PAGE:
From ShoeTopia we must speed straight past the duck pond to a big, byzantine-looking church in the suburbs where we will Make Arrangements.  My parents are both, practically-speaking, nonreligious but it turns out Mom, as a child, was deeply steeped in either the Macedonian or Melkiite tradition, and that one of her half-sisters, who lives in a barn upstate with a severe-looking husband and eight strangely-dressed [Macedonian/Melkiite] children, has insisted that her little half-sister receive a proper religiously orthodox funeral, which my Dad has acceded to because he has not got particularly strong ideas about the best way to bury his wife, but now the pastor or priest or whomever, is making us jump through all these additional hoops, in order to hold the service here in the parish. Without meaning to, the bearded man glances at me, then Willa, then the altarpiece, which is a mural of Jesus cursing a fig tree. He seems to dislike something about our style of dress as it relates to the fig tree.

“Was your wife reformed?” he asks Dad.

“Maybe. She received all the sacraments, I know.”

He looks at me and Willa again.

“Were your children raised in the church?”

“Um,” says Dad. “We mostly raised them at home.”

The priest or reverend or whomever nods.

“Obviously,” he says smoothing the front of his vestments, “we cannot pray for the body since she died in a state of sin.” As he says this he reaches across and clasps my father’s hand, he stares between the three of us, looking more kindly than I had given him credit for.

“But I will lead a prayer for her person.”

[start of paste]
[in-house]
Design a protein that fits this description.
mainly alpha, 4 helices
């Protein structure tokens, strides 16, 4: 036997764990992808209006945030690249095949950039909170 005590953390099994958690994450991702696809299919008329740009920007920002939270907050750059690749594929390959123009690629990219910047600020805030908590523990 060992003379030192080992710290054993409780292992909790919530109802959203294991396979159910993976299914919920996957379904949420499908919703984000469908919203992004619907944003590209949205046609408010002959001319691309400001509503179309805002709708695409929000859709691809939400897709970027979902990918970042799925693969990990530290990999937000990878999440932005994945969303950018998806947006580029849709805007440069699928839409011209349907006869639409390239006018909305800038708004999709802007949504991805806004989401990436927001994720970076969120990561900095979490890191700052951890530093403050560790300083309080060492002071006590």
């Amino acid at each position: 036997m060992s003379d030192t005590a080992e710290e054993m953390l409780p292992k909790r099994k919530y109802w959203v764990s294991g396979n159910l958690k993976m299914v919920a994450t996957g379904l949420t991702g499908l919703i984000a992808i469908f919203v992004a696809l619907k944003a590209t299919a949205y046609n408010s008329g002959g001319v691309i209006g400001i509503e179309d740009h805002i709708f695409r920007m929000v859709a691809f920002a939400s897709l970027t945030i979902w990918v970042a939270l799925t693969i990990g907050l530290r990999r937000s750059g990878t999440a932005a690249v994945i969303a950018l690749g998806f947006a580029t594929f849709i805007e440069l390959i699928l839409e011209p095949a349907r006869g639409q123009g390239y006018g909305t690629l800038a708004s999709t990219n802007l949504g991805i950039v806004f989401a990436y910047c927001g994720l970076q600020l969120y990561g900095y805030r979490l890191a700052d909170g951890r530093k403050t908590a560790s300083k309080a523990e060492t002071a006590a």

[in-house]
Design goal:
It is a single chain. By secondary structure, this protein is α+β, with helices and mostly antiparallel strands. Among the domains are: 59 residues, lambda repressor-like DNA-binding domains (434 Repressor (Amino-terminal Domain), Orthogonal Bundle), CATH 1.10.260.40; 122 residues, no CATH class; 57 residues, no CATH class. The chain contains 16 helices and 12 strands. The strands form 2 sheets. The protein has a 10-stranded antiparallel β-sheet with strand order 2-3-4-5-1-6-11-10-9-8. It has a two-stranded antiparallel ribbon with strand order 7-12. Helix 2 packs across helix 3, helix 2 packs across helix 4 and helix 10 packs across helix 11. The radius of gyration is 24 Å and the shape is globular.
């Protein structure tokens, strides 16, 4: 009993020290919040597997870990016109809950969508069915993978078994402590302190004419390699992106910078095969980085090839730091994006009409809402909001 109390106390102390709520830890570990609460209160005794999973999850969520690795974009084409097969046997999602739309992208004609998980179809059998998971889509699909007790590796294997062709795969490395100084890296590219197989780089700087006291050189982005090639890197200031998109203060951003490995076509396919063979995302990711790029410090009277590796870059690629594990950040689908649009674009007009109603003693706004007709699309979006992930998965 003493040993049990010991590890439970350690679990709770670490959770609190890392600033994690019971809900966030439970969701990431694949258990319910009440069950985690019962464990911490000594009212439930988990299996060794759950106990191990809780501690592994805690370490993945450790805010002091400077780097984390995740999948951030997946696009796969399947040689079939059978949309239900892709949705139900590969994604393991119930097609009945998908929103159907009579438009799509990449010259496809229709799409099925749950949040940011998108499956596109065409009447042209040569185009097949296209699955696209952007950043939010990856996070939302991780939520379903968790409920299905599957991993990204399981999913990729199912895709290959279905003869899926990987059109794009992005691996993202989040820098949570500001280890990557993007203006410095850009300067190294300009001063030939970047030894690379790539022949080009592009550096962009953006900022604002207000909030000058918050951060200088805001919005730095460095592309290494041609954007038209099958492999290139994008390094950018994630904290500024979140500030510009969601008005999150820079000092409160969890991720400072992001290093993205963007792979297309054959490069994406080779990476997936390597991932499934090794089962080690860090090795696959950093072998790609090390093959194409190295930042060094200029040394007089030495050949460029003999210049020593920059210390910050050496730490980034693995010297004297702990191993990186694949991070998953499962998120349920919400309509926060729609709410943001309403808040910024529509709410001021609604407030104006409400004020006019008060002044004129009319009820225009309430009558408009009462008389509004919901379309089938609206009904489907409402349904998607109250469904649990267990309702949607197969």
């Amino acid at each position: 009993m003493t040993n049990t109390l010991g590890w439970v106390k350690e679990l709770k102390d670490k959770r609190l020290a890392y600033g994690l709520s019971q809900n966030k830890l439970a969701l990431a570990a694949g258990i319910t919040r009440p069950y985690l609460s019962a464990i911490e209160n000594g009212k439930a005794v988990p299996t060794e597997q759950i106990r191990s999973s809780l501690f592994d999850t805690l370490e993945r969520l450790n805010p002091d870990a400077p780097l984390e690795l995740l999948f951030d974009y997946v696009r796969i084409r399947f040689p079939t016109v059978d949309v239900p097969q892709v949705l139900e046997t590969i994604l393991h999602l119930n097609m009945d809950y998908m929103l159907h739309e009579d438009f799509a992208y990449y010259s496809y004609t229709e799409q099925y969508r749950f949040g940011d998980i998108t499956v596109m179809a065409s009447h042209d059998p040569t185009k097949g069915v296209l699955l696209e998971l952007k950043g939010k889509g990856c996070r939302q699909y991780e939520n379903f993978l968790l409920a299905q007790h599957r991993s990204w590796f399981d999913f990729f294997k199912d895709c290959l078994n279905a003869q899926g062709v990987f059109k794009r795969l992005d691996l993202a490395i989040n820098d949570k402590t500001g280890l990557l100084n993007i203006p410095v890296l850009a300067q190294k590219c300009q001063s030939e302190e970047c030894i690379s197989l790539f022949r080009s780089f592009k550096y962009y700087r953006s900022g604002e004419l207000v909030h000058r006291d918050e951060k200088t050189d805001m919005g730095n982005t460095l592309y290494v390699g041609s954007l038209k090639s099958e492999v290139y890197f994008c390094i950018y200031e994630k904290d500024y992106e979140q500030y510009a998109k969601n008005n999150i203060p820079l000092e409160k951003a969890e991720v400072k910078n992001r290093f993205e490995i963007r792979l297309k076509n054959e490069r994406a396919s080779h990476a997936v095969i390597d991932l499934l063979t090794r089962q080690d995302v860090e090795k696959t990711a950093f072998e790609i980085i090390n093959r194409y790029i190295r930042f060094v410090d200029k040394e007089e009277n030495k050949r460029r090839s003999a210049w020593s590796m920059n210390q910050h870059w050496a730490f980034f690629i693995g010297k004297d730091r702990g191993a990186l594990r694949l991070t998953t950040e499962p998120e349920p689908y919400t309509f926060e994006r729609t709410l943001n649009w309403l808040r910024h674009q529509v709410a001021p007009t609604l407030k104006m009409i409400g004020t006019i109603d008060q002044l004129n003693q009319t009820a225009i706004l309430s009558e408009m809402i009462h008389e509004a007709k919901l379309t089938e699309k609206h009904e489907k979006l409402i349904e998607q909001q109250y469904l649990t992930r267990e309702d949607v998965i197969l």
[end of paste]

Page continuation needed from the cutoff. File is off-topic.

“For her person,” my Dad repeats vaguely.

“The body is of no use to us, you understand.”

“Well, it’s just a body,” I say.

“Cat, please,” says my father.

“Quite right,” says the priest. “So we’ll instead pray for her person, to be allowed in the kingdom of heaven.”

“Is Mom not allowed in heaven?” Willa says, staring at the pastor’s tangled beard.

He smiles and lowers himself to meet Willa’s gaze.

“She’s probably already in heaven as we speak,” he says. “God understands that troubled people are not to blame for what they do when they are in pain.”

“But we’ll pray for her to get to heaven,” I repeat.

“For her person, not her body.”

“But does anyone’s body ever get into heaven?” I say.

Dad shoots me a look that is like Cat Could You Please Just.

But the priest laughs.

“Not in this tradition,” he says.

We all leave and it is still sunny.

“Could we stop on the way back?” I say in the car.

“Sure, where?”

“The store,” I say.

“We have plenty of food.”

“I know.”

“Which store.”

“Any store really,” I say. He pulls into a pharmacy parking lot. I get out through the passenger side door.

“You can just keep the engine running,” I say.

“We have plenty of food,” he says again through the window as I walk inside.

“I know,”  I call back and go inside.

Inside I buy two boxes of Radiant Goddess Ultra tampons and double bag them and the guy behind the counter looks up right before he scans them and goes,

“Big night.”

“My mom just died,” I say.

“Oh my god,” he says.

“Thanks,” I say.

He refuses to charge me.

“Sorry for your loss,” he says.

I get back in the car and shut the door, and keep the bag next to my right leg so my father won’t see what’s inside and get annoyed or feel like a failure.